Coach Jackson's most effective lineup of the night, which included Draymond Green at power forward, played a total of four minutes as a group. He relied on his second team for too many minutes in the first half.
Jackson is going to need to understand the rotations and switch out the correct players to maximize production. He can’t rely on formulas that he used in relatively meaningless regular-season games.
Yes, players will need breaks, but he has to shorten the bench and go with the hot hand if he wants to advance in the playoffs. The more the units play together in pressure situations, the better the playoff rotations will work.
This is a make-or-break area for Jackson.
Turnovers are a huge sign in forecasting the possibilities of a team advancing to the later rounds of the playoffs. In order to win tight games, the Warriors need to do a much better job of holding on to the ball and not making errant passes.
Based on the results of April 21, the Warriors gave a case study in what not to do in an important playoff game.
As reported by ESPN's Arah Markazi, the Warriors turned the ball just over on 26 percent of their possessions. They lost the turnover battle 26-13 in the game, which resulted in a 27-8 scoring advantage for the Clippers.
The Dubs are currently the worst-rated team in turnovers per game (24.5) out of the 16 playoff teams.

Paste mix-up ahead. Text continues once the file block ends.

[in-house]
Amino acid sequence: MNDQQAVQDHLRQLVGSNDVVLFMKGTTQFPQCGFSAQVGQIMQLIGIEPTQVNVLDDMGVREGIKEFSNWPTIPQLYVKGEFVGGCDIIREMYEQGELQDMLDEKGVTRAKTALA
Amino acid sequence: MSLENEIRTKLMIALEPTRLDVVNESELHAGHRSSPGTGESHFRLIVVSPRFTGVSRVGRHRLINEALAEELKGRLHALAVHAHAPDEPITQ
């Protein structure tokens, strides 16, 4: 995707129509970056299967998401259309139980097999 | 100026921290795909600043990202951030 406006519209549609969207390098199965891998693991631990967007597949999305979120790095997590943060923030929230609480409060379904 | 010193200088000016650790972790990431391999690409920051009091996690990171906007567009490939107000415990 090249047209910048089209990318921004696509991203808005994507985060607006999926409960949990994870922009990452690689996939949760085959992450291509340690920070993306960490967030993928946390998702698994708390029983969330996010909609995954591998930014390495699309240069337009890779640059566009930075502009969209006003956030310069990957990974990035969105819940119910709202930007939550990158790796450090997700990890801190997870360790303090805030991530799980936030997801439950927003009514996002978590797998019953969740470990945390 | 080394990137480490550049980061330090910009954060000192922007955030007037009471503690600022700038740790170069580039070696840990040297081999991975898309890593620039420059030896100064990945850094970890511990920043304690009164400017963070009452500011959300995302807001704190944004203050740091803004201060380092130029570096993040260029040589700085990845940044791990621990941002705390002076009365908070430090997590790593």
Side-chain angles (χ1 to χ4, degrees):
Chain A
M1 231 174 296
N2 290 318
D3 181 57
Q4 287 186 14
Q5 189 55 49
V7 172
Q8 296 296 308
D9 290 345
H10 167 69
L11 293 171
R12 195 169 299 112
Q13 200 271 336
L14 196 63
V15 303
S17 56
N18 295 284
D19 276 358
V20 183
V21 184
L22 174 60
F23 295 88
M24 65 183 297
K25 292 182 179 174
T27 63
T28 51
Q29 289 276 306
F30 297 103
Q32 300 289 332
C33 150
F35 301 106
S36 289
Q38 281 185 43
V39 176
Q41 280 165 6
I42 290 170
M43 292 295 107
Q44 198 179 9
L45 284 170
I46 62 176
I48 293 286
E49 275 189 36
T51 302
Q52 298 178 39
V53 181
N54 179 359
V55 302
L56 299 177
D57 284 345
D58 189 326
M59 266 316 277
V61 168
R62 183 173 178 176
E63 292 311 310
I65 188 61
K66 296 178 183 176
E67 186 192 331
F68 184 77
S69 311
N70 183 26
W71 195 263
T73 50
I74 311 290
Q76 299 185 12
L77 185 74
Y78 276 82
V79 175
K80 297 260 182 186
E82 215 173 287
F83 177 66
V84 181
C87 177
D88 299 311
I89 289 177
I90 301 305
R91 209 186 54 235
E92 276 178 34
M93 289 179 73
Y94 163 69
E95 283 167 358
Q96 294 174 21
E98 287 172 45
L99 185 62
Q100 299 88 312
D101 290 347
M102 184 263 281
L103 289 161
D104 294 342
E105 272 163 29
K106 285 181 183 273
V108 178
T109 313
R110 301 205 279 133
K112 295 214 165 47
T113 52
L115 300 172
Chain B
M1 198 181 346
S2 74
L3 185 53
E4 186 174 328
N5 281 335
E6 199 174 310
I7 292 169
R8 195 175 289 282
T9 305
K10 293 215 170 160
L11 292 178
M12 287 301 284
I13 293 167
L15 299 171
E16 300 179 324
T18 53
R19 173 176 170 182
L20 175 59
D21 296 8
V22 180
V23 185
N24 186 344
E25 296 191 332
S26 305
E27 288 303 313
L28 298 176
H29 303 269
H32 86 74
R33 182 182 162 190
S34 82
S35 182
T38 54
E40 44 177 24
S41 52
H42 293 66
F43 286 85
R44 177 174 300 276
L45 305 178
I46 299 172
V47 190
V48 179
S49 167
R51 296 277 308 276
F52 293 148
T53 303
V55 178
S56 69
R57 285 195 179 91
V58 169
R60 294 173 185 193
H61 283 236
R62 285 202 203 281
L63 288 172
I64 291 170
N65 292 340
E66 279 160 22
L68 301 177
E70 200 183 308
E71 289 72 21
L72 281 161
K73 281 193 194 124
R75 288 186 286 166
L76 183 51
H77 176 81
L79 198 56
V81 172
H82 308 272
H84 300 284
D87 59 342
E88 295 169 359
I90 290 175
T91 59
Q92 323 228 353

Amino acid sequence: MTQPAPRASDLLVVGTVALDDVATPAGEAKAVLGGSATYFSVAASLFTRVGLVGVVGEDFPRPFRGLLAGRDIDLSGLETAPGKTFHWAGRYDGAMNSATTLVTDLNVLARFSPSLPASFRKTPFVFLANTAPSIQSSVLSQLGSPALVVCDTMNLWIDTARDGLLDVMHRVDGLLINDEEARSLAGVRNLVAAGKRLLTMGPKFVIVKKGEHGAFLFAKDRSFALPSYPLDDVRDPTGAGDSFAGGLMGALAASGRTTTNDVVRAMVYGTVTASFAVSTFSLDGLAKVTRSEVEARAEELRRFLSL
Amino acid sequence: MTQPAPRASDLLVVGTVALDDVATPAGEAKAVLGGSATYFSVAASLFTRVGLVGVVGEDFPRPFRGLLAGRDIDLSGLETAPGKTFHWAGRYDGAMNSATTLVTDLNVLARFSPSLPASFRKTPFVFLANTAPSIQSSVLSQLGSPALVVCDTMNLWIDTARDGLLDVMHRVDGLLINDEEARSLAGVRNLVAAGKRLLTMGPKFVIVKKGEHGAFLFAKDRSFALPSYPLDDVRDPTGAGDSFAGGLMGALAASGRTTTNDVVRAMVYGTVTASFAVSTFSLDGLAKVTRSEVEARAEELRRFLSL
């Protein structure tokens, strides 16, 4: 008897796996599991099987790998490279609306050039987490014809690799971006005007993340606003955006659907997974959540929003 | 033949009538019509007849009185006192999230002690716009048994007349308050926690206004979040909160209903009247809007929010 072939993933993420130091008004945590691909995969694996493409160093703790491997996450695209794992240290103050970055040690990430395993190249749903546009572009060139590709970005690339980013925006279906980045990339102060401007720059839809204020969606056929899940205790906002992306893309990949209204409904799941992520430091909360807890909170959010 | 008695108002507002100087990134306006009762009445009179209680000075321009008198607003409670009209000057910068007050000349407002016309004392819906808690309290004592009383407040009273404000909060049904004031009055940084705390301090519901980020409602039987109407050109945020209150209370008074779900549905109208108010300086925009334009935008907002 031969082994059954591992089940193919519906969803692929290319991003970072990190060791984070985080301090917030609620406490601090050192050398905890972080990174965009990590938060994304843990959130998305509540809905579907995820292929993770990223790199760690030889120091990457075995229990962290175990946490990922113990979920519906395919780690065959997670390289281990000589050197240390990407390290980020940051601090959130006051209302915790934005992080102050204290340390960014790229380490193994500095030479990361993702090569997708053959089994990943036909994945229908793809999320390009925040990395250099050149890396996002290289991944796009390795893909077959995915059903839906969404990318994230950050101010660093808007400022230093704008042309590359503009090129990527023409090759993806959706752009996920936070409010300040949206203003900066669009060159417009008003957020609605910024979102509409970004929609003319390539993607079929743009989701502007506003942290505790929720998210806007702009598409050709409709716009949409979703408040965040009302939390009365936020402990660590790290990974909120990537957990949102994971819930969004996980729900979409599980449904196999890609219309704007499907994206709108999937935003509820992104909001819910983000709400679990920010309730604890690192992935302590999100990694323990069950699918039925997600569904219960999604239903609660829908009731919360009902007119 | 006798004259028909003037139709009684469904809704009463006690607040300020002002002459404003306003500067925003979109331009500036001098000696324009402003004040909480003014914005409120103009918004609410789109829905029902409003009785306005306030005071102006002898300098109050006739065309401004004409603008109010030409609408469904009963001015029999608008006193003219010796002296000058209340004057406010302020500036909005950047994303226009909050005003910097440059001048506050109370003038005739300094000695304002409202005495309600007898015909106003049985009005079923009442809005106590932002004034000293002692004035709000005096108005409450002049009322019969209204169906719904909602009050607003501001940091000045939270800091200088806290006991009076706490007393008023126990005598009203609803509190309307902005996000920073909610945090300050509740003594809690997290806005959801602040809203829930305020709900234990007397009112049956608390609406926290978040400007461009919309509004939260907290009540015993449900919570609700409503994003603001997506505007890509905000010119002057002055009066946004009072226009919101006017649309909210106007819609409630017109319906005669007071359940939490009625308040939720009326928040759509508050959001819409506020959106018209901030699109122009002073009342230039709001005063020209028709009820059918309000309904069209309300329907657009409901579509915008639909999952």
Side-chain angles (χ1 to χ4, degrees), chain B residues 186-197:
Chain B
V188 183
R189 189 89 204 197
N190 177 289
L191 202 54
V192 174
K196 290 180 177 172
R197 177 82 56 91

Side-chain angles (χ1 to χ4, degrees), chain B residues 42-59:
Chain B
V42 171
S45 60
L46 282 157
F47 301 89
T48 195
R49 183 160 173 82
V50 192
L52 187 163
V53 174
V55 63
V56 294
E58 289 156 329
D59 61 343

Going forward, the Warriors will not win any series if they are so generous. Curry can’t be careless while he is generating offense and David Lee needs to be a lot smarter when the ball is in his hands.
The team doesn’t have to limit its offensive style, it just has to make sure that there is a Warriors jersey on the other end of each pass.
If the Warriors can limit their turnovers to closer to 10 per game, they will have a better shot of winning close games.
Contributions from the Bench
The Warriors’ bench became a much more important part of the picture after the injury to Andrew Bogut. The supporting cast of characters has to provide production at a similar level to that of the big Aussie.
As for the hope that Bogut can repeat what David Lee pulled off in last year’s playoffs, Rusty Simmons of the San Francisco Chronicle reports that the chances are slim.
In order to cover the hole on the front line, Jermaine O’Neal needs to continue his quality play for 20-25 minutes per game and Marreese Speights, Hilton Armstrong and even Ognjen Kuzmic have to fill in the rest.
Draymond Green is establishing himself as a proven player who can guard almost every position and also hit big shots. He is a versatile weapon, as he can slide into both the 3 and 4 spots and fill one of the holes left by the Bogut injury.